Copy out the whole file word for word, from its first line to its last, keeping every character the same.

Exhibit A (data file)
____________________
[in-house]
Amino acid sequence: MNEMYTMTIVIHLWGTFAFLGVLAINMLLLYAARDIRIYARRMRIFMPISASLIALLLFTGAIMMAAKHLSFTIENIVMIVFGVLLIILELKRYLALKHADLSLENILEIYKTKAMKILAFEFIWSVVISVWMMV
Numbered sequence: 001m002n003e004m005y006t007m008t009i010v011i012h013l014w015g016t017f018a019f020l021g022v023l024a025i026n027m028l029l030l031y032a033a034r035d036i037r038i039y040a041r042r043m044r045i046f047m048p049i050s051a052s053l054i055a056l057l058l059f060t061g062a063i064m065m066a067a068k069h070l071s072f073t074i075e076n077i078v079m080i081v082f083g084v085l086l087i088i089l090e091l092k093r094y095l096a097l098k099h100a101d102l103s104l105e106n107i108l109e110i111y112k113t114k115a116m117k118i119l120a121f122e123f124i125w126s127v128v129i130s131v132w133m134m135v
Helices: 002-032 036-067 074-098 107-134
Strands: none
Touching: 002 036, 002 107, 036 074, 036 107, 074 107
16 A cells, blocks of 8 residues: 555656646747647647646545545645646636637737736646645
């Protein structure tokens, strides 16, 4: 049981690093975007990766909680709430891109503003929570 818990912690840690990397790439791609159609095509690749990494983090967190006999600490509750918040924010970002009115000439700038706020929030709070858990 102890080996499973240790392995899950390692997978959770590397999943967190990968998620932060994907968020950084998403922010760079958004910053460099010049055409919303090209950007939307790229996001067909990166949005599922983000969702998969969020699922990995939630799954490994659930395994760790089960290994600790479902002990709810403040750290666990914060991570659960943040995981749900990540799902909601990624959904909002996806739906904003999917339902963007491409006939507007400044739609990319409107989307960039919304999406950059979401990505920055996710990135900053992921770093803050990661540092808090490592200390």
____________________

[in-house]
Amino acid sequence: MNEMYTMTIVIHLWGTFAFLGVLAINMLLLYAARDIRIYARRMRIFMPISASLIALLLFTGAIMMAAKHLSFTIENIVMIVFGVLLIILELKRYLALKHADLSLENILEIYKTKAMKILAFEFIWSVVISVWMMV
Numbered sequence: 001m002n003e004m005y006t007m008t009i010v011i012h013l014w015g016t017f018a019f020l021g022v023l024a025i026n027m028l029l030l031y032a033a034r035d036i037r038i039y040a041r042r043m044r045i046f047m048p049i050s051a052s053l054i055a056l057l058l059f060t061g062a063i064m065m066a067a068k069h070l071s072f073t074i075e076n077i078v079m080i081v082f083g084v085l086l087i088i089l090e091l092k093r094y095l096a097l098k099h100a101d102l103s104l105e106n107i108l109e110i111y112k113t114k115a116m117k118i119l120a121f122e123f124i125w126s127v128v129i130s131v132w133m134m135v
Helices: 002-032 036-067 074-098 107-134
Strands: none
Touching: 002 036, 002 107, 036 074, 036 107, 074 107
16 A cells, blocks of 8 residues: 555656646747647647646545545645646636637737736646645
């Protein structure tokens, strides 16, 4: 049981690093975007990766909680709430891109503003929570 818990912690840690990397790439791609159609095509690749990494983090967190006999600490509750918040924010970002009115000439700038706020929030709070858990 102890080996499973240790392995899950390692997978959770590397999943967190990968998620932060994907968020950084998403922010760079958004910053460099010049055409919303090209950007939307790229996001067909990166949005599922983000969702998969969020699922990995939630799954490994659930395994760790089960290994600790479902002990709810403040750290666990914060991570659960943040995981749900990540799902909601990624959904909002996806739906904003999917339902963007491409006939507007400044739609990319409107989307960039919304999406950059979401990505920055996710990135900053992921770093803050990661540092808090490592200390």